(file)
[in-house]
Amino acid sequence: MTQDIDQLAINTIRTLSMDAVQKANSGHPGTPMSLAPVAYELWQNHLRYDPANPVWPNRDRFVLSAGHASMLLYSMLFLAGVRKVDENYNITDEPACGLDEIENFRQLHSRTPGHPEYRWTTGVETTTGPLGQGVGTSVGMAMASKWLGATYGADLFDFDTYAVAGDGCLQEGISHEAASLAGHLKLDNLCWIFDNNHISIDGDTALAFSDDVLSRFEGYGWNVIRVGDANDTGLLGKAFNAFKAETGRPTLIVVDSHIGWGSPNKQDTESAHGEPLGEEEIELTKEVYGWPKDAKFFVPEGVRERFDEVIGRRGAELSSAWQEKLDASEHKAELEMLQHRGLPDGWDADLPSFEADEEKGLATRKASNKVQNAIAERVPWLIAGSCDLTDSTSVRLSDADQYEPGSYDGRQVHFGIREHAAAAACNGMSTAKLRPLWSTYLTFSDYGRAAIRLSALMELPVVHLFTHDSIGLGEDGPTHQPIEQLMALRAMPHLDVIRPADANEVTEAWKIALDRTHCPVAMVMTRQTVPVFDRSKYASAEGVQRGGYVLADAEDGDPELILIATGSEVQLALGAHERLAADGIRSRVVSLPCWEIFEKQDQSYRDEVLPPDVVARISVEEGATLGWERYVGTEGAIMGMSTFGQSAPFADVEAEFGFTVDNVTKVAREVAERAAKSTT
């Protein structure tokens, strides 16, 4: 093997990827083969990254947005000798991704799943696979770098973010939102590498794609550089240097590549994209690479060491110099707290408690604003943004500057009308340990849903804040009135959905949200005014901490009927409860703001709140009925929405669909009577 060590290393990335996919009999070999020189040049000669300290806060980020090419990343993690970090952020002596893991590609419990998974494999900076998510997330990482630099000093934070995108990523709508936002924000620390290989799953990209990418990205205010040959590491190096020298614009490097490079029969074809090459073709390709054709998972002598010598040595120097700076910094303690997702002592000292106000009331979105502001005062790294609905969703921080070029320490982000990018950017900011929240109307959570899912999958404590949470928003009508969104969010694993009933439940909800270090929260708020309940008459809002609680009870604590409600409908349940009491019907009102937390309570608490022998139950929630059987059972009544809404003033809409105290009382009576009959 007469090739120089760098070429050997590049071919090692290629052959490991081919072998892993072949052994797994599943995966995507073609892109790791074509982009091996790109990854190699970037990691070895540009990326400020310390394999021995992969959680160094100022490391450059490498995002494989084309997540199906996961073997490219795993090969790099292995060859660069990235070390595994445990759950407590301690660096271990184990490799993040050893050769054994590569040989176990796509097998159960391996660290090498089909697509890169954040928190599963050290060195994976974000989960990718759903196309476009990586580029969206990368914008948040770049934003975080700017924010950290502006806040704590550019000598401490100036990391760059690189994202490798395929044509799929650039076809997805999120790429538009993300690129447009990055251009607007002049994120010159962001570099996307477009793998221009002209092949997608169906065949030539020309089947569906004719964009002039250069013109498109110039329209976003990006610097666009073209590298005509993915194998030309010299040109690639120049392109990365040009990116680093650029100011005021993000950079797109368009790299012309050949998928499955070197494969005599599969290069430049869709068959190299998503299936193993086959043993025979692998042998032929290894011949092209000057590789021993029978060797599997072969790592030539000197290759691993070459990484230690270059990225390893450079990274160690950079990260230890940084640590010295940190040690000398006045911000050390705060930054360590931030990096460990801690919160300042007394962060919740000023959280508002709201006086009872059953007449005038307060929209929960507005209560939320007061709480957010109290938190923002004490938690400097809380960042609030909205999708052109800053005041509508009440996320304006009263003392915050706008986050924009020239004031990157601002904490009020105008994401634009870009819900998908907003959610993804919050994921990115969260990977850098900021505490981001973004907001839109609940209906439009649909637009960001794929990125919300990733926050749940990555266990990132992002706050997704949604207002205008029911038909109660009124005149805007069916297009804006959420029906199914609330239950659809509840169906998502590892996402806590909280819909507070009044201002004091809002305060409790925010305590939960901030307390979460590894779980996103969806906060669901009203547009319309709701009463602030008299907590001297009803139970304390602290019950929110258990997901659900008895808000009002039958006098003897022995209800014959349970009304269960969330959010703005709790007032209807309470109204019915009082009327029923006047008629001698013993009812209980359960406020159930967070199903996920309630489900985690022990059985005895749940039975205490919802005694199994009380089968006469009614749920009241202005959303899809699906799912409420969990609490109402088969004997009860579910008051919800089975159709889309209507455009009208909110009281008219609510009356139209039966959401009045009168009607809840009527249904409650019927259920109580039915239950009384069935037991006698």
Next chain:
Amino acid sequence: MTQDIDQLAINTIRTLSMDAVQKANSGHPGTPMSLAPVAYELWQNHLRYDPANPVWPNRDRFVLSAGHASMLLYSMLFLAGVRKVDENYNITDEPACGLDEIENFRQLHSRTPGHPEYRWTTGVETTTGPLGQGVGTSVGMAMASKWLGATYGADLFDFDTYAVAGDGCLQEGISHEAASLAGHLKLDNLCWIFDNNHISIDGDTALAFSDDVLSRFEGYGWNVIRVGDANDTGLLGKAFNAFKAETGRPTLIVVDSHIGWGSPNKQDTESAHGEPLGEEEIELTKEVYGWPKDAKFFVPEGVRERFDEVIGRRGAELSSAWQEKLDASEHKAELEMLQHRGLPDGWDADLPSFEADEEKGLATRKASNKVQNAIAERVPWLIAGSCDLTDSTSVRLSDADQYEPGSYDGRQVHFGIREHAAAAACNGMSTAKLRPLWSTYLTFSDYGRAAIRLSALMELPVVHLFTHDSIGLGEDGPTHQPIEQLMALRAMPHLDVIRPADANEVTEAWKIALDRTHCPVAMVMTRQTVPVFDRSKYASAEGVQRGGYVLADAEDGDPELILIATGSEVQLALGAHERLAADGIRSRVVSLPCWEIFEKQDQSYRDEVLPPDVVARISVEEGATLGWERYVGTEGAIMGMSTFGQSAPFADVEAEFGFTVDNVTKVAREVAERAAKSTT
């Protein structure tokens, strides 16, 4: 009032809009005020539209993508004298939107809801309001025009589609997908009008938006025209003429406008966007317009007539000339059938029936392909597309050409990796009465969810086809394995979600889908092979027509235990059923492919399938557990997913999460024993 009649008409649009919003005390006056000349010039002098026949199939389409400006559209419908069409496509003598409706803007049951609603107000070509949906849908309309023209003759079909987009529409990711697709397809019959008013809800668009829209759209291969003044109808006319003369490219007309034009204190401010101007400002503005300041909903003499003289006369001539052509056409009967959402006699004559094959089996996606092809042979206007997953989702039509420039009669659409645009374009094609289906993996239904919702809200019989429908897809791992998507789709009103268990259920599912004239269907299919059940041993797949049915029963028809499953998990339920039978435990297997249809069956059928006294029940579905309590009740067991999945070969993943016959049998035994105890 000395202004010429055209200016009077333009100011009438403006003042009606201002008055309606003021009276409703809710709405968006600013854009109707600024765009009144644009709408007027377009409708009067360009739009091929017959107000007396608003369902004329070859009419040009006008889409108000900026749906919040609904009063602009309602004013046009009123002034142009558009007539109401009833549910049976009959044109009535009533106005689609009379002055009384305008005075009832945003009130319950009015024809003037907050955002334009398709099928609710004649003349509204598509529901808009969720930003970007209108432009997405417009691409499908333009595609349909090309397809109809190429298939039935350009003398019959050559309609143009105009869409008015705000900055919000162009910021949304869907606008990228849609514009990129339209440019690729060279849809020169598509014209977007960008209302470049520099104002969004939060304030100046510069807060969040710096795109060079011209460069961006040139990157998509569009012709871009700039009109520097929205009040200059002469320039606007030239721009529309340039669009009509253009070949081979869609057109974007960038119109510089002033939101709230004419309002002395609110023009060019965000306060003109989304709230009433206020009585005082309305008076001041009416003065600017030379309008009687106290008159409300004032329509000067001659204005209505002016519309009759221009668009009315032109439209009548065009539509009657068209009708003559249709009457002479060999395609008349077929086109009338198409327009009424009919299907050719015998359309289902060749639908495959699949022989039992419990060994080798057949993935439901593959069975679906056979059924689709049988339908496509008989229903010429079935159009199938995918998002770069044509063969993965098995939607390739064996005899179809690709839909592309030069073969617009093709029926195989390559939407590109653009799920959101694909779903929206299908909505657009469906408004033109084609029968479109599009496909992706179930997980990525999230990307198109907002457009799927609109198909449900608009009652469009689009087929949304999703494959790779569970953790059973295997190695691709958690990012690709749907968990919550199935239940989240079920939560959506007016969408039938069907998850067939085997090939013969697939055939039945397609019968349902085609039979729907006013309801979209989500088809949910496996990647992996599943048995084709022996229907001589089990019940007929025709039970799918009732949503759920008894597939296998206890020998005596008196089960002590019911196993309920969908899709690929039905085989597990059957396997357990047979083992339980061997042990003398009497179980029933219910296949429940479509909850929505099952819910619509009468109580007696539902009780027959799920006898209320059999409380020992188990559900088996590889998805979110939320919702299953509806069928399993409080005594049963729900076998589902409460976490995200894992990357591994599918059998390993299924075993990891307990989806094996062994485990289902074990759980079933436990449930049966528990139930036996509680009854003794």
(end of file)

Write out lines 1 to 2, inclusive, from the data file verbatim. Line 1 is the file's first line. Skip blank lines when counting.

[in-house]
Amino acid sequence: MTQDIDQLAINTIRTLSMDAVQKANSGHPGTPMSLAPVAYELWQNHLRYDPANPVWPNRDRFVLSAGHASMLLYSMLFLAGVRKVDENYNITDEPACGLDEIENFRQLHSRTPGHPEYRWTTGVETTTGPLGQGVGTSVGMAMASKWLGATYGADLFDFDTYAVAGDGCLQEGISHEAASLAGHLKLDNLCWIFDNNHISIDGDTALAFSDDVLSRFEGYGWNVIRVGDANDTGLLGKAFNAFKAETGRPTLIVVDSHIGWGSPNKQDTESAHGEPLGEEEIELTKEVYGWPKDAKFFVPEGVRERFDEVIGRRGAELSSAWQEKLDASEHKAELEMLQHRGLPDGWDADLPSFEADEEKGLATRKASNKVQNAIAERVPWLIAGSCDLTDSTSVRLSDADQYEPGSYDGRQVHFGIREHAAAAACNGMSTAKLRPLWSTYLTFSDYGRAAIRLSALMELPVVHLFTHDSIGLGEDGPTHQPIEQLMALRAMPHLDVIRPADANEVTEAWKIALDRTHCPVAMVMTRQTVPVFDRSKYASAEGVQRGGYVLADAEDGDPELILIATGSEVQLALGAHERLAADGIRSRVVSLPCWEIFEKQDQSYRDEVLPPDVVARISVEEGATLGWERYVGTEGAIMGMSTFGQSAPFADVEAEFGFTVDNVTKVAREVAERAAKSTT